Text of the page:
August 28–October 9, 2015

Opening and artist talk: Friday, September 4, 4:30–7:30pm

Cantor Fitzgerald Gallery
Haverford College
370 Lancaster Avenue
Haverford, PA 19041
Hours: Monday–Friday 11am–5pm, Saturday–Sunday
noon–5 pm, and Wednesday until 8 pm

T +610 896 1287
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What kinds of buildings “belong” in Africa? How is a country’s national story told through its architecture? When should the structures of the past be dispensed for the future? The Past is a Foreign Country is the first solo exhibition in North America by the Ivorian artist François-Xavier Gbré, whose photographs from West Africa and France survey relics and narratives of the built environment.

Commissioned by the Cantor Fitzgerald Gallery at Haverford College, The Past is a Foreign Country features site-specific installations of immersive wallpaper prints and a highly detailed network of more than 50 studies of buildings and architectural fragments. Central to the exhibition is a selection of images from multiple series Gbré created throughout West Africa between 2009 and 2015, a chronicle of imposing governmental structures, shuttered factories, and incomplete homes.

The past in Gbré’s photographs is foreign and unfinished. Heroic military statues in Bamako, Mali, claim victories for a nation beleaguered by violence. Housing developments in Abidjan, Côte d’Ivoire, seek to erase the memory of an urban slum. A new car becomes the futurist symbol of an emergent middle class. But Gbré doesn’t propose a comprehensive history of French colonialism in West Africa or of the turbulent growth of post-independence African cities. Instead, united by a methodical, often distanced perspective on architecture and landscape as a form of documentary evidence, his images summon the personal experience of public space and the social aspirations encoded in concrete, rebar, clay and dust.

Curator: Brendan Wattenberg, Director of Exhibitions, The Walther Collection, New York.

François-Xavier Gbré was born in 1978 in Lille, France. After studying at the École Supérieure des Métiers Artistiques in Montpellier, he worked in fashion and design photography in Milan. This experience led him to explore African stories through landscape and architecture. Gbré’s work has been featured in solo and group exhibitions in Africa and Europe, including Abroad, Art Twenty One, Lagos, Nigeria; Surfaces and Fragments, Galerie Cécile Fakhoury, Abidjan, Côte d’Ivoire; DAK’ART: The 11th Dakar Biennale, Dakar, Senegal; FLOW, Kyoto City University of Arts Gallery, Japan; We Face Forward: Art from West Africa Today, Whitworth Art Gallery, Manchester, U.K.; Synchronicity II, Tiwani Contemporary, London; and Rencontres de Bamako–The African Biennale of Photography. In September 2015, he will participate in The Lay of the Land, an exhibition on emerging African photographers at The Walther Collection in New York. Gbré lives and works in Abidjan.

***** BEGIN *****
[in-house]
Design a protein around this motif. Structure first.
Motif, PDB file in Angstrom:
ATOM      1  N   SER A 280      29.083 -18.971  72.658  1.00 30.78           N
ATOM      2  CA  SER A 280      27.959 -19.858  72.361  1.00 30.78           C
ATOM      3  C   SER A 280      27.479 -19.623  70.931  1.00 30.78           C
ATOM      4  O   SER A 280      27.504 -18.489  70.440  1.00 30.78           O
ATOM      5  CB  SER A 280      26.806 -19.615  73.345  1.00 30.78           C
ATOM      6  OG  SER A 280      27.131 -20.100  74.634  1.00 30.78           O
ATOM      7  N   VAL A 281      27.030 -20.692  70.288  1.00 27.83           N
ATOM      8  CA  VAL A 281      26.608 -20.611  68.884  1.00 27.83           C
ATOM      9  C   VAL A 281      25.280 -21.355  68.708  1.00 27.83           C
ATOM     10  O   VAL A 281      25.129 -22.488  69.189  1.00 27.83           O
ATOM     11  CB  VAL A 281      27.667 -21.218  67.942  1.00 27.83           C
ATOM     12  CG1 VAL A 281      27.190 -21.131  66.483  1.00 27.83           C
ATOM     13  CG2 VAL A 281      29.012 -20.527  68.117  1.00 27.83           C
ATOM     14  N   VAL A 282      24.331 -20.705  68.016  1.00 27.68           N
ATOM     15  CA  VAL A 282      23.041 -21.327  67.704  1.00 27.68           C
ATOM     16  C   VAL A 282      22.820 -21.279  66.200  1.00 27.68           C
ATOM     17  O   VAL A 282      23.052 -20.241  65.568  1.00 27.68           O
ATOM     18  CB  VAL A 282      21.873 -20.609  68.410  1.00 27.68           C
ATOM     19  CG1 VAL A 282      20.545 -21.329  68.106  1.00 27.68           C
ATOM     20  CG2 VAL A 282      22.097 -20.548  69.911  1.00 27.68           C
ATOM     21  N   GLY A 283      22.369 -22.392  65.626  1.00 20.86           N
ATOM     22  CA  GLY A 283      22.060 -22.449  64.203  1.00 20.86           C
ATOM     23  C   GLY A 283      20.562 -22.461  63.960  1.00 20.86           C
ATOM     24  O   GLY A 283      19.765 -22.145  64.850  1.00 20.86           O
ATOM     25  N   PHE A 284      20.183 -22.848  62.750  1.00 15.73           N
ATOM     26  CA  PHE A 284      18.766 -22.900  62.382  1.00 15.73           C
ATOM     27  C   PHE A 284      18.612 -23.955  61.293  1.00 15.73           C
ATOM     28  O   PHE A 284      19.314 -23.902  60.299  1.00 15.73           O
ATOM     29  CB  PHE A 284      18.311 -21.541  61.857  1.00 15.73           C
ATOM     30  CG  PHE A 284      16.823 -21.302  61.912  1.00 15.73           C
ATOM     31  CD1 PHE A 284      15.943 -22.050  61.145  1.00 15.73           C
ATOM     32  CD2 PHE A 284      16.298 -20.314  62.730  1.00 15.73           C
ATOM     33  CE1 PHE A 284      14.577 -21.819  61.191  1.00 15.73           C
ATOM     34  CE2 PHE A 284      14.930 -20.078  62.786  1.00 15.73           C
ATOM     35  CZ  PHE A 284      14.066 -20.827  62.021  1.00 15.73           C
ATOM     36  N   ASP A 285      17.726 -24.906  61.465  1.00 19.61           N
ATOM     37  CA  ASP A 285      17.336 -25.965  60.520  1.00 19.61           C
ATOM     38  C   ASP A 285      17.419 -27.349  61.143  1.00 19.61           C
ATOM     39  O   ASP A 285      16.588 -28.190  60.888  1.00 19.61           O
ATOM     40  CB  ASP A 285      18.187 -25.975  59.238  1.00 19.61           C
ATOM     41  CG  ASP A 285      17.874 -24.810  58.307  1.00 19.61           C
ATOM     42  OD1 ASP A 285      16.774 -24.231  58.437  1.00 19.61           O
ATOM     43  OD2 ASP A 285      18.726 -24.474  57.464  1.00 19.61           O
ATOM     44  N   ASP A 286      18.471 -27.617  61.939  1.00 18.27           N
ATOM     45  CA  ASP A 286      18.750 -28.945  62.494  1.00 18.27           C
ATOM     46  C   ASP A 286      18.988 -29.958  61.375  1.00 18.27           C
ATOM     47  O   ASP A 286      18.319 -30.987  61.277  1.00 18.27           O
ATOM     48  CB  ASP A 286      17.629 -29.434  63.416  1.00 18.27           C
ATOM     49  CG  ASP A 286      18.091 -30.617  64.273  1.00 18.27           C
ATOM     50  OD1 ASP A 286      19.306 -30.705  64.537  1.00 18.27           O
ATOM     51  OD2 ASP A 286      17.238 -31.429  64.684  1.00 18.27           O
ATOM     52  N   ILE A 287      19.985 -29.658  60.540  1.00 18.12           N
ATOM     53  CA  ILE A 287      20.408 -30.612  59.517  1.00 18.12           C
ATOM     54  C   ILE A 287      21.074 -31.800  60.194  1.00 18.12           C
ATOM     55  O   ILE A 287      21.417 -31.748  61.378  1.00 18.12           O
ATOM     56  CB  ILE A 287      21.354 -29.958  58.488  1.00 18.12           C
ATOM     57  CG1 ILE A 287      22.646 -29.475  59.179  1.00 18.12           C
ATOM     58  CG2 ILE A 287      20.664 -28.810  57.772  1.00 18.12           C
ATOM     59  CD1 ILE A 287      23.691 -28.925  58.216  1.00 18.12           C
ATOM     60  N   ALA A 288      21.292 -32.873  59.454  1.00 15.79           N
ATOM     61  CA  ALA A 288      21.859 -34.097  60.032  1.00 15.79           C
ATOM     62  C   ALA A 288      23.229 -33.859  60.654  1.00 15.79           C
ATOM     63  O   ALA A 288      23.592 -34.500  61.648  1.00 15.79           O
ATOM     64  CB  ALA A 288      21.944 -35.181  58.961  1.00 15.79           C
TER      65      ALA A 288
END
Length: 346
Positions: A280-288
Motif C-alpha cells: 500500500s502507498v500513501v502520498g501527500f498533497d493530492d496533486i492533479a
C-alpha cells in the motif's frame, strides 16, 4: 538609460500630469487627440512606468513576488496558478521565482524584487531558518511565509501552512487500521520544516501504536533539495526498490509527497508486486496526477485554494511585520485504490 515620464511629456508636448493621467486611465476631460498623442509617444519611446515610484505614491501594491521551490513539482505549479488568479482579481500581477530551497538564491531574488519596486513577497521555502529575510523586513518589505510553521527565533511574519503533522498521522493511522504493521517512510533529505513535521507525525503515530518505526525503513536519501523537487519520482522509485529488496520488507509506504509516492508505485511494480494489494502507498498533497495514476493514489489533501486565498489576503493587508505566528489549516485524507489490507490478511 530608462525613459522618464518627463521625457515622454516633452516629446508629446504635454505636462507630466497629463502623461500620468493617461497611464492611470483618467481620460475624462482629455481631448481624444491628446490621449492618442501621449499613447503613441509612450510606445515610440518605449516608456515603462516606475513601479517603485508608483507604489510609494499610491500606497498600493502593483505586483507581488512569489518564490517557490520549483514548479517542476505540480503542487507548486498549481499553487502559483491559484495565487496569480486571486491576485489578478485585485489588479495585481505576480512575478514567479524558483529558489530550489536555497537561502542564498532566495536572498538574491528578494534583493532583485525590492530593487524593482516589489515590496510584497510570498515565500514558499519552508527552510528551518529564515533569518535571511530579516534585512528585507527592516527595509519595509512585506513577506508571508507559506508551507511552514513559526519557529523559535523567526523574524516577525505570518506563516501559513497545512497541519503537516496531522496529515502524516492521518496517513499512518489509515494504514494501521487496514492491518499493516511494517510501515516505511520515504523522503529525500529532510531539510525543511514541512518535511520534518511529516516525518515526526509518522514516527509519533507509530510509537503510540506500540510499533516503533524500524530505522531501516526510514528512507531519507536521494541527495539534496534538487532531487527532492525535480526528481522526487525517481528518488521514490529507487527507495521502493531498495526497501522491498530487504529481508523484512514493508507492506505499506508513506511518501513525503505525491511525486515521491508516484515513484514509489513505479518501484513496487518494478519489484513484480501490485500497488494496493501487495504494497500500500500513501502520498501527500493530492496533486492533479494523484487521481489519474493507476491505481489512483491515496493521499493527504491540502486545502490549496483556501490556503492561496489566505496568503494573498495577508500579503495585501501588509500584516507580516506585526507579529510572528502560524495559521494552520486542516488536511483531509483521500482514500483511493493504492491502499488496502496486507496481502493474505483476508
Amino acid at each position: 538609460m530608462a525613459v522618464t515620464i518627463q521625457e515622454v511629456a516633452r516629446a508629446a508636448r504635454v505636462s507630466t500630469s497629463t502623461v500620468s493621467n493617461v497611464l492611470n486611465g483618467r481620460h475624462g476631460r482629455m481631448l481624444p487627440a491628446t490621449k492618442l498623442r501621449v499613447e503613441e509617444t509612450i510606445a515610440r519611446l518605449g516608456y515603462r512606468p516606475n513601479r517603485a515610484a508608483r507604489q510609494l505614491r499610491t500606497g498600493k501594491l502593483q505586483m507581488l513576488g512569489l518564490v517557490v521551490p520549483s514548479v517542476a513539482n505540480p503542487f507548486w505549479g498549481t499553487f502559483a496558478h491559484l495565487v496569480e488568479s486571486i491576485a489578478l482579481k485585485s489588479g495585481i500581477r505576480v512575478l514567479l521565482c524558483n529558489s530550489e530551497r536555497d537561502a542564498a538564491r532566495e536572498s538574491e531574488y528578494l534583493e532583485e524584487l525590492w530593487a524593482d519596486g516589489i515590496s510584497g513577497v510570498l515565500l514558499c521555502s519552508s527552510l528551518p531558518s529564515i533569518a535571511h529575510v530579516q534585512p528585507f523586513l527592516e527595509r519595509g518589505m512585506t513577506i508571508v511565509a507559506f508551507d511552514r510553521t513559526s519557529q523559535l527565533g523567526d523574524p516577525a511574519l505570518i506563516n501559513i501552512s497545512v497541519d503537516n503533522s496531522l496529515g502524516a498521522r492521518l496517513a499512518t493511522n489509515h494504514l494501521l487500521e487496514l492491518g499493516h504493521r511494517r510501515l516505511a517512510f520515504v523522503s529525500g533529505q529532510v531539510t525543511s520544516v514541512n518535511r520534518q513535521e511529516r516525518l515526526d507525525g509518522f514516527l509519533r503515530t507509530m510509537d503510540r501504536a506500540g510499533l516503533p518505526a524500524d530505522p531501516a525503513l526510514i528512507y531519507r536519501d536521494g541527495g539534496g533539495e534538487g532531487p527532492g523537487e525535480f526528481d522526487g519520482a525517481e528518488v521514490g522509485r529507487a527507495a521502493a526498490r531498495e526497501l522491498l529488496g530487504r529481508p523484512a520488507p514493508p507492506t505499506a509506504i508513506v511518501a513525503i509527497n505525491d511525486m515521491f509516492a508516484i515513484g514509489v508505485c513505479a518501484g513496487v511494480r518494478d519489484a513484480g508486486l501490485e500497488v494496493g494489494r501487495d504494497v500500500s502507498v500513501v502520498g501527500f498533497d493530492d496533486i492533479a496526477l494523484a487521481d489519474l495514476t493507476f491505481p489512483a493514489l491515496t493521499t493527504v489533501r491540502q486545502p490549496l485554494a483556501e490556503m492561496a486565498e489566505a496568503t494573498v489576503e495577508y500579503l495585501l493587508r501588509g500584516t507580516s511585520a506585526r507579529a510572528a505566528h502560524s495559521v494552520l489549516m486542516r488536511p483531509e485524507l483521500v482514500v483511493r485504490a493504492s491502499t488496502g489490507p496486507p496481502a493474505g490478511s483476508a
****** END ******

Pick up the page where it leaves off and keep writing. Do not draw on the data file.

The Past is a Foreign Country is accompanied by a monograph designed by Thumb / Luke Bulman with contributions by Emmanuel Iduma, Brendan Wattenberg and Susanna D. Wing.

Public programs
Gallery talk with curator Brendan Wattenberg and artist François-Xavier Gbré
Friday, September 4, 4:30–5:30pm

About Cantor Fitzgerald Gallery
Part of the John B. Hurford ’60 Center for the Arts and Humanities, the Cantor Fitzgerald Gallery aims to extend cultural literacy through the display and analysis of work across visual and material media. Envisioning exhibition spaces as active workshops for the exploration of visual culture, the Exhibitions Program partners with faculty, students and visiting curators to design exhibitions that connect curricular interests and scholarship with contemporary artistic practice.

Cité Espérance #1(SICOGI), Route de Bingerville, June 2013 © François-Xavier Gbré
Cité Espérance #1(SICOGI), Route de Bingerville, June 2013
© François-Xavier Gbré

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